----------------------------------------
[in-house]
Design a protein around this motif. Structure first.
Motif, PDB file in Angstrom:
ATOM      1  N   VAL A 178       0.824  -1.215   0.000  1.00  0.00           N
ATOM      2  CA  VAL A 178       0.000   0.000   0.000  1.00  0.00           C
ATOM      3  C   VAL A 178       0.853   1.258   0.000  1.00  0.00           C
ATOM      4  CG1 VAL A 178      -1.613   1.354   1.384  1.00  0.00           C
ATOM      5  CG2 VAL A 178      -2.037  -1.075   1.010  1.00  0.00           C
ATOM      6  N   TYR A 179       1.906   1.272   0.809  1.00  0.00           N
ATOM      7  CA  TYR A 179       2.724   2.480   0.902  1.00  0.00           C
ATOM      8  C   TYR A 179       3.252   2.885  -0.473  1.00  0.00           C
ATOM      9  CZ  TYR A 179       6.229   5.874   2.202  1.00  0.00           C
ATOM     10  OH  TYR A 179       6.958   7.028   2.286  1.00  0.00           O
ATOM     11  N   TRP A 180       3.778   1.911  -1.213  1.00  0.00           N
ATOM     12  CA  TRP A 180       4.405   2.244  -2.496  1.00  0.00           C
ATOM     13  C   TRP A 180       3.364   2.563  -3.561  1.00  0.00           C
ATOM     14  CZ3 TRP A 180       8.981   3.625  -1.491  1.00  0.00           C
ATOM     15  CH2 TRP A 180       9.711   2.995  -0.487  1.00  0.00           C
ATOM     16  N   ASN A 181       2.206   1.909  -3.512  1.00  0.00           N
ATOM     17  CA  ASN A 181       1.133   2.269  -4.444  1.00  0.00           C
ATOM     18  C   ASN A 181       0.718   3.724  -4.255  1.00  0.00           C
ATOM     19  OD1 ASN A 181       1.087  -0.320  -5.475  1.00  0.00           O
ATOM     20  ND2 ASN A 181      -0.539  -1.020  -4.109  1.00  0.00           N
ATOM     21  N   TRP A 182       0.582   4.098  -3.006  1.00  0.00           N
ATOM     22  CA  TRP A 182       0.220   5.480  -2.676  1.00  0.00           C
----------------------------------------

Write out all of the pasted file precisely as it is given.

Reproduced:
[in-house]
Design a protein around this motif. Structure first.
Motif, PDB file in Angstrom:
ATOM      1  N   VAL A 178       0.824  -1.215   0.000  1.00  0.00           N
ATOM      2  CA  VAL A 178       0.000   0.000   0.000  1.00  0.00           C
ATOM      3  C   VAL A 178       0.853   1.258   0.000  1.00  0.00           C
ATOM      4  CG1 VAL A 178      -1.613   1.354   1.384  1.00  0.00           C
ATOM      5  CG2 VAL A 178      -2.037  -1.075   1.010  1.00  0.00           C
ATOM      6  N   TYR A 179       1.906   1.272   0.809  1.00  0.00           N
ATOM      7  CA  TYR A 179       2.724   2.480   0.902  1.00  0.00           C
ATOM      8  C   TYR A 179       3.252   2.885  -0.473  1.00  0.00           C
ATOM      9  CZ  TYR A 179       6.229   5.874   2.202  1.00  0.00           C
ATOM     10  OH  TYR A 179       6.958   7.028   2.286  1.00  0.00           O
ATOM     11  N   TRP A 180       3.778   1.911  -1.213  1.00  0.00           N
ATOM     12  CA  TRP A 180       4.405   2.244  -2.496  1.00  0.00           C
ATOM     13  C   TRP A 180       3.364   2.563  -3.561  1.00  0.00           C
ATOM     14  CZ3 TRP A 180       8.981   3.625  -1.491  1.00  0.00           C
ATOM     15  CH2 TRP A 180       9.711   2.995  -0.487  1.00  0.00           C
ATOM     16  N   ASN A 181       2.206   1.909  -3.512  1.00  0.00           N
ATOM     17  CA  ASN A 181       1.133   2.269  -4.444  1.00  0.00           C
ATOM     18  C   ASN A 181       0.718   3.724  -4.255  1.00  0.00           C
ATOM     19  OD1 ASN A 181       1.087  -0.320  -5.475  1.00  0.00           O
ATOM     20  ND2 ASN A 181      -0.539  -1.020  -4.109  1.00  0.00           N
ATOM     21  N   TRP A 182       0.582   4.098  -3.006  1.00  0.00           N
ATOM     22  CA  TRP A 182       0.220   5.480  -2.676  1.00  0.00           C